we experimented with Fred van Kampen's TNET for Minix. At this point
Dinesh Sharma (of IIT/Powai nowadays) said he had this GNU-OS up and
running with networking and the works! I had heard of the GNU/Hurd but
was it already running---no such luck---better luck---it was Linux.
Early Linux: Version 0.99.10 was (if my memory serves me right) the
first linux version we ran; it was as neat as we imagined (remember,
the our only other OS installation experience was Minix-386 and DOS).
The main thing was it ran gcc and the first thing we did was to get
the GNU utilities (file-,shar-,gcc- excepts emacs we didn't have
enough hard disk space for emacs) and compile them all (it took a
couple of days) and we were proud to be able to install them in
/usr/bin instead of /usr/local/bin. We now had an internet ready
machine but no ethernet connectivity to the TIFR network! So we used
the SLIP stuff (Fred van Kampen again I think!) and ironed out a few
minor bugs---motive.math.tifr.res.in was born. There was a continous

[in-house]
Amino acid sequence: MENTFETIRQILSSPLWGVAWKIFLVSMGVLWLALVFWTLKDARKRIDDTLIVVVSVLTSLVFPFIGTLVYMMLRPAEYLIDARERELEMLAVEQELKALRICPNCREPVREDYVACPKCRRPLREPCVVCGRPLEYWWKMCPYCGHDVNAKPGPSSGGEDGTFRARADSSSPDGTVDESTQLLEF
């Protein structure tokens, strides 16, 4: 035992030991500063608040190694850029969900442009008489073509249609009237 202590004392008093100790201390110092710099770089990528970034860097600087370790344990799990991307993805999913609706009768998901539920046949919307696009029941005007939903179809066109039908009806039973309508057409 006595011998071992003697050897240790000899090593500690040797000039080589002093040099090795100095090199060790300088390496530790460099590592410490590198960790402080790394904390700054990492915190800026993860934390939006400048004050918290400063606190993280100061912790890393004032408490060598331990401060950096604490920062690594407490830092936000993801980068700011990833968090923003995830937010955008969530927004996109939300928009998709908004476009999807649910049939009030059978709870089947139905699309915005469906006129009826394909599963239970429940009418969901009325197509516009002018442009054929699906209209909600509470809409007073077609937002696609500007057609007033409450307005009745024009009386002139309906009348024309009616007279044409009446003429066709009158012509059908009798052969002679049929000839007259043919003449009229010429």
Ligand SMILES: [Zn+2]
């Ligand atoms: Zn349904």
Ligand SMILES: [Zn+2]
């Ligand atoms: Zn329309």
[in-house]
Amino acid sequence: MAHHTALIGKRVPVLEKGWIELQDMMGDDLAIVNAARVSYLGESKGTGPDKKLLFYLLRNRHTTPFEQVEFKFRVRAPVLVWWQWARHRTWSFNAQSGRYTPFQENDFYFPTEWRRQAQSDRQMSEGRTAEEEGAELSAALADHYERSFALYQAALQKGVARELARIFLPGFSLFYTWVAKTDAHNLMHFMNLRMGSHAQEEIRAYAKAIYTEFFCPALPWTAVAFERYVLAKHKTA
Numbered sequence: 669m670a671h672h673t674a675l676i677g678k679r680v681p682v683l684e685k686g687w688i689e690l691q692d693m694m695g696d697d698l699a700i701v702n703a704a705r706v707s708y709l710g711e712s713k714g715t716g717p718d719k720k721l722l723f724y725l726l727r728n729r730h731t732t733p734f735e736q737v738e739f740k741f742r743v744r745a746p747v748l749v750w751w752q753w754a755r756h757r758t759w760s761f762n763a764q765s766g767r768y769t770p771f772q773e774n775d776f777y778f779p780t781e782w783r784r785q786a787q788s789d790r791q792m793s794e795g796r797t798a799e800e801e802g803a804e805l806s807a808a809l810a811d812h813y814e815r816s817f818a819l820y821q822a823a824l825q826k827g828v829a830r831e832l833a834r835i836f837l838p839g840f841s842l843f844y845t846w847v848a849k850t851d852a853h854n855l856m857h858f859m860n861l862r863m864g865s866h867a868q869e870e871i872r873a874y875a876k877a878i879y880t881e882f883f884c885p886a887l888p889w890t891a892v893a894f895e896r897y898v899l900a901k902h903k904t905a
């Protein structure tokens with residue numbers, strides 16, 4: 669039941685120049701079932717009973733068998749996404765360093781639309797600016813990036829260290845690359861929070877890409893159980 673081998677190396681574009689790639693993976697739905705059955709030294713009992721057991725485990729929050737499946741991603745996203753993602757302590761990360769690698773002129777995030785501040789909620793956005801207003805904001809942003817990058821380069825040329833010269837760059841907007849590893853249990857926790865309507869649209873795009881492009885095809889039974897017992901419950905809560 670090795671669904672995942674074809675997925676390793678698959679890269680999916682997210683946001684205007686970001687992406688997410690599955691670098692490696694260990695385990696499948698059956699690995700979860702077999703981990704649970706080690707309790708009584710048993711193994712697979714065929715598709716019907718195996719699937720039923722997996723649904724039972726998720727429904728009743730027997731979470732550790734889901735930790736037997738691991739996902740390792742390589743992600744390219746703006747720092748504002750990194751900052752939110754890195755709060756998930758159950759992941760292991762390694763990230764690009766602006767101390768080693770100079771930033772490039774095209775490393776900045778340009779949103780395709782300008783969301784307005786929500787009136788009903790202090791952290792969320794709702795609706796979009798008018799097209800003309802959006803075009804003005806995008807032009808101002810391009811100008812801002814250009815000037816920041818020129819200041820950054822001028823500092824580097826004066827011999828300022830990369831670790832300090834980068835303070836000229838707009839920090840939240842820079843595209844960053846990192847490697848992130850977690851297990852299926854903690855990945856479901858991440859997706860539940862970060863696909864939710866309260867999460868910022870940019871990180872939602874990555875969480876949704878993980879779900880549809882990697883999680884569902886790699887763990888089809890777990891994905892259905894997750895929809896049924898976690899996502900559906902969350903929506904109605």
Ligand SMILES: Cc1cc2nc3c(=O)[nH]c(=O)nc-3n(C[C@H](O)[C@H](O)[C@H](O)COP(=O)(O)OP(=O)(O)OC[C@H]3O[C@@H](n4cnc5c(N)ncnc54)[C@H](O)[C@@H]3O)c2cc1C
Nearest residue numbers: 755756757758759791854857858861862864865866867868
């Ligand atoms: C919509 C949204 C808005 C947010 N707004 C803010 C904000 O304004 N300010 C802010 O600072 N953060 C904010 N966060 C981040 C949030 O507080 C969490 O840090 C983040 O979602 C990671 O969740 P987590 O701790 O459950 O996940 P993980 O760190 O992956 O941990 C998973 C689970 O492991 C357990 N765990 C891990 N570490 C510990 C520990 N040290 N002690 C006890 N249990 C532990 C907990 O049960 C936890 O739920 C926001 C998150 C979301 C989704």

fight to keep it alive because:
(a) People wanted to use the dial-in to the TIFRVAX to check
their e-mail (no use telling them we had a much better machine right
under their nose which could also receive their e-mail).
(b) There were always these DOS folks who would just switch
off and on the machine in the hope of getting a more familiar prompt!
(I should mention that these were the only time the machine actually
went down---we *never* had a crash---not even a network hang---after
the initial installation was over).
Mature Linux: Around the time Linux 1.0 was released we got regular
ethernet connectivity which allowed us to free the serial line. We